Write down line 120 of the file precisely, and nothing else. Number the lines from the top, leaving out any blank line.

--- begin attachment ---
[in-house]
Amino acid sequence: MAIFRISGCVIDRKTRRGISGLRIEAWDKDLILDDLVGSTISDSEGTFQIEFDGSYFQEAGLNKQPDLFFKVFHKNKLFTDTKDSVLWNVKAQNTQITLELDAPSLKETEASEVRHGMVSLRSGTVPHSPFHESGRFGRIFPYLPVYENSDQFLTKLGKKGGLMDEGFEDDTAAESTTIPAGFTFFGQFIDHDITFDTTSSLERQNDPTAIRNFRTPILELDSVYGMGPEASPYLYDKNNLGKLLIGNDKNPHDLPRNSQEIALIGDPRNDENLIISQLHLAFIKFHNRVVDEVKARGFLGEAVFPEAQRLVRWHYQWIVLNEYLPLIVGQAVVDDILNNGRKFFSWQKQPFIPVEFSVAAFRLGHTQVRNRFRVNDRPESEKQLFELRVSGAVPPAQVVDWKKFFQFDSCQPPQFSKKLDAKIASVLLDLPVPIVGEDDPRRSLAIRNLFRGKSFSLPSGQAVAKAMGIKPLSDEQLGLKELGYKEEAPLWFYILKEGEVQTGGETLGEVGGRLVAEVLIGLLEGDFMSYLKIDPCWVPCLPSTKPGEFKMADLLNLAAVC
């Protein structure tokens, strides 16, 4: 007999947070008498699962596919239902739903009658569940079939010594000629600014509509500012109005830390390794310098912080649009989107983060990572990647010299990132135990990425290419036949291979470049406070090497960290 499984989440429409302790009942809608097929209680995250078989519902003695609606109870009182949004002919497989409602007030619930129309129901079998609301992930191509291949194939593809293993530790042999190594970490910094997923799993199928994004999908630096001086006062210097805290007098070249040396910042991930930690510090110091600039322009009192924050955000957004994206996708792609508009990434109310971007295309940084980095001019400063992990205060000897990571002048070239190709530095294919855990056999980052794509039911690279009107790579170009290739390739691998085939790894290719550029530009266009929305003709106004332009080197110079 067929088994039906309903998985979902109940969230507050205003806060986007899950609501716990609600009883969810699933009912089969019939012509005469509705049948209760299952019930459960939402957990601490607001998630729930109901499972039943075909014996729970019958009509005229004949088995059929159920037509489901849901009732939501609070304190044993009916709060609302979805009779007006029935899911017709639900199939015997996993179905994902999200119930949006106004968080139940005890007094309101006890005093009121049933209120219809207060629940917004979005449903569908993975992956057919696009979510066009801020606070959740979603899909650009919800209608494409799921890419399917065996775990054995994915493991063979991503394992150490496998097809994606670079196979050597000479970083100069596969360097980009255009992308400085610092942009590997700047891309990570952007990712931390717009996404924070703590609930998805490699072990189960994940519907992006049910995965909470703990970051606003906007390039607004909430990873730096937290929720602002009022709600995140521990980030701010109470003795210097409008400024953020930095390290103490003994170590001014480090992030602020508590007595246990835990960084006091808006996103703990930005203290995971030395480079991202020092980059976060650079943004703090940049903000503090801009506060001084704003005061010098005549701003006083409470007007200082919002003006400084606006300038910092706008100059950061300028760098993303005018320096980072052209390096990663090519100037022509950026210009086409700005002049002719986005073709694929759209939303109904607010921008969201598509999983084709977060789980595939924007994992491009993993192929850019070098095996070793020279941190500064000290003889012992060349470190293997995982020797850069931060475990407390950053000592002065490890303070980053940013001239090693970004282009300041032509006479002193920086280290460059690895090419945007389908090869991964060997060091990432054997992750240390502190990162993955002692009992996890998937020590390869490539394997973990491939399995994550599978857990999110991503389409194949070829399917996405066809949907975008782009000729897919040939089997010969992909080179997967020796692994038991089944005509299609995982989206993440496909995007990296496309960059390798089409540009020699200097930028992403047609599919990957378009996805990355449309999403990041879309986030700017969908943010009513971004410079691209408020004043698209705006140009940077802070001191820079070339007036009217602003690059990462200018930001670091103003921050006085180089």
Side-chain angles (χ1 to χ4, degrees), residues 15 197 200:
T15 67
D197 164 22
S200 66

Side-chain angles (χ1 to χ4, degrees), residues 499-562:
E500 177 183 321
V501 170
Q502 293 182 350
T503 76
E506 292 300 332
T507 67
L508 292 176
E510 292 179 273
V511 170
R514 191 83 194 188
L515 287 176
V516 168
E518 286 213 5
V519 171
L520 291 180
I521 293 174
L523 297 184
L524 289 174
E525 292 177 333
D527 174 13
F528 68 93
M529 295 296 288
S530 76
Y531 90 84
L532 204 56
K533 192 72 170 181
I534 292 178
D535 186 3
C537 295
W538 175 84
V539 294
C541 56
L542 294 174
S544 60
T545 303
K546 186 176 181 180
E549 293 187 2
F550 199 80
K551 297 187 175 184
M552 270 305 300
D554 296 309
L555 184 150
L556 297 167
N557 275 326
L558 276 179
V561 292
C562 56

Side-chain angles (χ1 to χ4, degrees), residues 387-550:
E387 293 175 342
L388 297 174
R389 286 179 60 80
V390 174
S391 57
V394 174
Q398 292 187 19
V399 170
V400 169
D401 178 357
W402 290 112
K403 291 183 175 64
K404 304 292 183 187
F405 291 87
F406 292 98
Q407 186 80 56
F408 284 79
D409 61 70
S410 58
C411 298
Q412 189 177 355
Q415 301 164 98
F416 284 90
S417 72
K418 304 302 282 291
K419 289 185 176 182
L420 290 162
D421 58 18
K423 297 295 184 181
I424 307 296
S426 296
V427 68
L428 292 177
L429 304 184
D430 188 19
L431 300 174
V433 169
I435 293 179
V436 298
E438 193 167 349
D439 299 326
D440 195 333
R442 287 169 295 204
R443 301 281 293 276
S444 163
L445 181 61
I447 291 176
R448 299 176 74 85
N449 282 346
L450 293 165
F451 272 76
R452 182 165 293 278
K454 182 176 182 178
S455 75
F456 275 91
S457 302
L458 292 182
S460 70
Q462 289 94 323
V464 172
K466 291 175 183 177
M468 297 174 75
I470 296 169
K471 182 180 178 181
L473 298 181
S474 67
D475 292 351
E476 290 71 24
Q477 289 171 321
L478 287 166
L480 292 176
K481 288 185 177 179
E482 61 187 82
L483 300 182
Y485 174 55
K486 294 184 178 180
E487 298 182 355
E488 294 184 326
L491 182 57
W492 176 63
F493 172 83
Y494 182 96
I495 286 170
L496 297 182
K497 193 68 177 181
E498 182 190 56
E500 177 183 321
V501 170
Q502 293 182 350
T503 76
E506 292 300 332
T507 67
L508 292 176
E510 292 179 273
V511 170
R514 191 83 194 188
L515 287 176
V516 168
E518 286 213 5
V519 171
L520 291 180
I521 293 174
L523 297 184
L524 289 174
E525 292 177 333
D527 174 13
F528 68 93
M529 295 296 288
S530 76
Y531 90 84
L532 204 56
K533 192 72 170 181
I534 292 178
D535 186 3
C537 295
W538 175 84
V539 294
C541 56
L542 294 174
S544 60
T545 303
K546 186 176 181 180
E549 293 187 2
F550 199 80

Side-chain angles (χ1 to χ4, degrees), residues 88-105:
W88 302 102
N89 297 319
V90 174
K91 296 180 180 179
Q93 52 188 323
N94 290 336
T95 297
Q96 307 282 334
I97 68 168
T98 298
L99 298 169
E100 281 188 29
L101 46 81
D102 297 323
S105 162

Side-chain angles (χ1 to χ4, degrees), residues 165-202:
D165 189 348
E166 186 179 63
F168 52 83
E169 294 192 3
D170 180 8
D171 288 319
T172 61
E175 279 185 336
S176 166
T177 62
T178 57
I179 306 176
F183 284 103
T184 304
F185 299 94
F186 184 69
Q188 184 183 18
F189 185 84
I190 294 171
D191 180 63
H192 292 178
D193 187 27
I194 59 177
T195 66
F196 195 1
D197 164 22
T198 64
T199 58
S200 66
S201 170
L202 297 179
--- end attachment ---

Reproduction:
K471 182 180 178 181